Missio Invest Missio Invest provides financing for entrepreneurial development initiatives operated by the Catholic Church.

The Missio Invest Social Impact Fund (MISIF) leverages the resources of the global Catholic Church to create a scalable model for driving measurable impact in community and environmental well-being.  

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Missio Invest Missio Invest provides financing for entrepreneurial development initiatives operated by the Catholic Church.

Missio Invest Missio Invest provides financing for entrepreneurial development initiatives operated by the Catholic Church.

Profile of Missio Invest’s investment in this well-established, diversified farm connected to the first seminary south of the Sahara in modern times.

Cardinal Peter Turkson

First published in “La Croix International” on March 8, 2021. 

Pope Francis has offered us clear guidance on the choices facing us all during these unprecedented times.

We can emerge from the present crisis of this pandemic better or worse than we were before. We can choose to preserve the status quo, to build walls, to further entrench ourselves in our habits of greed and selfishness.

But, as Pope Benedict XVI taught us in Caritas in veritate, a crisis “obliges us to re-plan our journey, to set ourselves new rules and to discover new forms of commitment, to build on positive experiences and to reject negative ones.”

In this way, it becomes “an opportunity for discernment, in which to shape a new vision for the future.”

By God’s grace, we can discern and choose to assist in the creation of a better world, one that is invigorated by faith and renewed in our collective commitments to one another.

As we look toward life after the pandemic, we must consider how all the sicknesses that plague us — social, spiritual, physical — can only be healed by the love of Christ through faith.

Renewed structures

The Scriptures show the burning desire of Jesus to bind up the wounded, and to heal the broken and sick.

Healing is in service of something even greater than physical or mental health. Often it points to a total renewal of the person and the community.

In doing so Jesus teaches us two things; first, that in a fundamental way we are all in need of healing. And second, in acknowledging our “lostness” and need for God, grace can restore each one of us to our proper place of dignity.

Jesus not only heals physical ailments. He heals, yes, but he also creates renewed communities, where no one is excluded. He seeks out the poor and the suffering, those left behind by society, and makes possible new ways of living.

The example of the disciples in the Acts of the Apostles demonstrates just how transformativeGod’s grace can be when we follow him to the peripheries, where everything is shared, and noone suffers alone.

Following his example, we too must go out and bring healing to the world; not only from thepandemic that affects us physically, but also from the grave injustices that have oftenworsened and deepened during the pandemic, even despite our efforts.

Faith gives us the awareness of our connection with one another, particularly the poor and the marginalized. Faith stirs us to overcome all that diminishes in any way the dignity endowed in all God’s creation.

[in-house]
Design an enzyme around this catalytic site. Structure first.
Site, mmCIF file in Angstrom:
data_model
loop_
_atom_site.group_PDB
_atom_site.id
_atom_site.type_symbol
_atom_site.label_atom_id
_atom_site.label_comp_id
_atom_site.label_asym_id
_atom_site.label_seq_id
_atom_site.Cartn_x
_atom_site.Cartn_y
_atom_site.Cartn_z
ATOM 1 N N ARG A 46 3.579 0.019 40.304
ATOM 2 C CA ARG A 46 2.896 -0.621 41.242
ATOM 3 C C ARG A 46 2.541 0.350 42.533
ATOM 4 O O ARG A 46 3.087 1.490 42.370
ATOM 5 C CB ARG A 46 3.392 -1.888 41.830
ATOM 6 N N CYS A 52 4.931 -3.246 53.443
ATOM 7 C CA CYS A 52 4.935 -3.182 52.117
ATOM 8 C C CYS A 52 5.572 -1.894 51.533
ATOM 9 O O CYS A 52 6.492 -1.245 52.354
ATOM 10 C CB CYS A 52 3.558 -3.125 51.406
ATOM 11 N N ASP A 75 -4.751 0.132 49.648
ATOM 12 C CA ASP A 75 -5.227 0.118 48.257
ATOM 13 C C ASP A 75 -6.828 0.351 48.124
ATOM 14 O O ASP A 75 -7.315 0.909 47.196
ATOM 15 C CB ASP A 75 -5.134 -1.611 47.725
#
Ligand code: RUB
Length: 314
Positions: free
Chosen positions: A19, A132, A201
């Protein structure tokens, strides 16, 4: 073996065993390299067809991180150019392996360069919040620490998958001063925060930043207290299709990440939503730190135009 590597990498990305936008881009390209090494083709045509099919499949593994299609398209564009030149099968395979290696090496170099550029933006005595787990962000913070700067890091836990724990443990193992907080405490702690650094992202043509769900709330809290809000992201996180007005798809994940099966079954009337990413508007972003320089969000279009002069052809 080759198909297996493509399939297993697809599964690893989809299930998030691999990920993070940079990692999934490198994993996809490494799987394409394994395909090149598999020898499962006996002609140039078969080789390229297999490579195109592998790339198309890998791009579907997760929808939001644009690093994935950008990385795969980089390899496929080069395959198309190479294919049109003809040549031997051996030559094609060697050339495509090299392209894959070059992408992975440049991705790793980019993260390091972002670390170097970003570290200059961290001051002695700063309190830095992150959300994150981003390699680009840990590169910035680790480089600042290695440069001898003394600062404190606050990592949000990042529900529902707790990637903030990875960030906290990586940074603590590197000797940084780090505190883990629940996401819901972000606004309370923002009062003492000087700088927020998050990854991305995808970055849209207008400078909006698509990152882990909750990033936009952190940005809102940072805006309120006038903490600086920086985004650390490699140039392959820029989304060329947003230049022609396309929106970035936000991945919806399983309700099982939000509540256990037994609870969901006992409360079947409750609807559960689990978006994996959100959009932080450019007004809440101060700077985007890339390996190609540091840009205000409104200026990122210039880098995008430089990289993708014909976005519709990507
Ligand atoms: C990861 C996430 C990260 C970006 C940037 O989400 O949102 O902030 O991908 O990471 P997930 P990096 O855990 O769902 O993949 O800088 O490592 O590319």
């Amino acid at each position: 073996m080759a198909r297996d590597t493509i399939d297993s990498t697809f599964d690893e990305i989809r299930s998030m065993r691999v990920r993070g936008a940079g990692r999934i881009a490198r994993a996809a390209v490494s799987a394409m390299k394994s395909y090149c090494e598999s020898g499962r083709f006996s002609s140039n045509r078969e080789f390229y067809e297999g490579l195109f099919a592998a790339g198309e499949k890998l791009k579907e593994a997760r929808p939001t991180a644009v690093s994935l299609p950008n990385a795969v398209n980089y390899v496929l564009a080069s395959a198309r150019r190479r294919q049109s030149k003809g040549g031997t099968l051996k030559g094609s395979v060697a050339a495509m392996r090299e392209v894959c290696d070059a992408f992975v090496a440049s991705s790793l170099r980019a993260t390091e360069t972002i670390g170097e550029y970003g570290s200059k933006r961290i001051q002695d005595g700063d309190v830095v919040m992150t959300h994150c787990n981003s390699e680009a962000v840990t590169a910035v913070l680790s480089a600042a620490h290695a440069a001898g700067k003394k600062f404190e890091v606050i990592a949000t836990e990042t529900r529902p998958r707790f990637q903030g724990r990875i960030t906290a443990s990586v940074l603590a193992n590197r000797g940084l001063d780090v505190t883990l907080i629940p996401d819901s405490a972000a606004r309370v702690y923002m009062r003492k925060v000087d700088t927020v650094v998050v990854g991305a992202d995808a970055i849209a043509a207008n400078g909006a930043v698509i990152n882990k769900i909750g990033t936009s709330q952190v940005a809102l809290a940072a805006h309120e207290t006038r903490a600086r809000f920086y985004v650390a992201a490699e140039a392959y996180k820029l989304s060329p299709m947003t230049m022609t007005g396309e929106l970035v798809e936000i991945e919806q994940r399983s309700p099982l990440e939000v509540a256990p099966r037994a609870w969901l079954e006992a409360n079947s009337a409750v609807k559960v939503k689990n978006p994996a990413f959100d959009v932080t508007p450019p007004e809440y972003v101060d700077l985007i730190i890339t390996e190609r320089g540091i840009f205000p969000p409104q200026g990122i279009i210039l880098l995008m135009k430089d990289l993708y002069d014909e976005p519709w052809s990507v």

It is not enough to be for the poor in theory. No, this does not respect the dignity of the other!

Today, there exist many social structures that perpetuate injustice in our communities.Empowered by the limitless mercy of God, we must actively work to overcome these and the habits of personal and structural indifference that continue to exclude so many.

Evangelizing all sectors

We must be converted from our individualism, letting the poor evangelize us. Their experience of suffering shows us the way to the wounds of Jesus and the depths of his love.

One of the many painful lessons of this pandemic is how clearly we can see the tragic limits of our current broken economy, and a form of global capitalism in urgent need of healing. We must not tolerate an economic model that allows this.

Further, economic and technological inequality has created a rift in society and denied our world the harmony that is necessary for peace in our communities. To work for peace is to work toward a more inclusive capitalism, one which is ordered to integral human development and in which economic growth prioritizes those most in need.

The faithful should not only teach this message of a more fully evangelized global economy, inspired by the principles of love and mercy which are illustrated in the Church’s Social Teaching.

Rather, all Church entities, parishes, dioceses, seminaries, universities, schools, social serviceinstitutions of the faithful should find ways to practice financial stewardship in a way thatliberates and not enslaves.

For it is important that our stewardship of created goods, including all forms of financial activity, especially asset management, are directed to reflect God’s own gift to the human family, by serving the common good, respecting fairness and ethical standards.

When this happens, when people’s stewardship of created goods is aligned with God’s purposes for God’s creation, the outcome is real good, real gain and real impact.

One new model: Missio Invest

Missio Invest is an example of this stewardship of created goods, which promotes new forms of economic cooperation by reminding us that the economy should serve all of creation, and not just in the long-term, but here and now.

An impact investment fund launched by the Pontifical Mission Societies in the United States, Missio Invest reorients the existing tools of investment and global finance in a way that prioritizes sustainability, employment and care for our common home.

In the context of an economic paradigm which continues to deny others their dignity, Missio Invest has shown the way toward an inclusive capitalism, one that restores those on the margins, and heals the wounds of exclusion and injustice that impact us all. It offers a corrective to the exaggerated belief in financial markets on the sacredness of financial return on investments.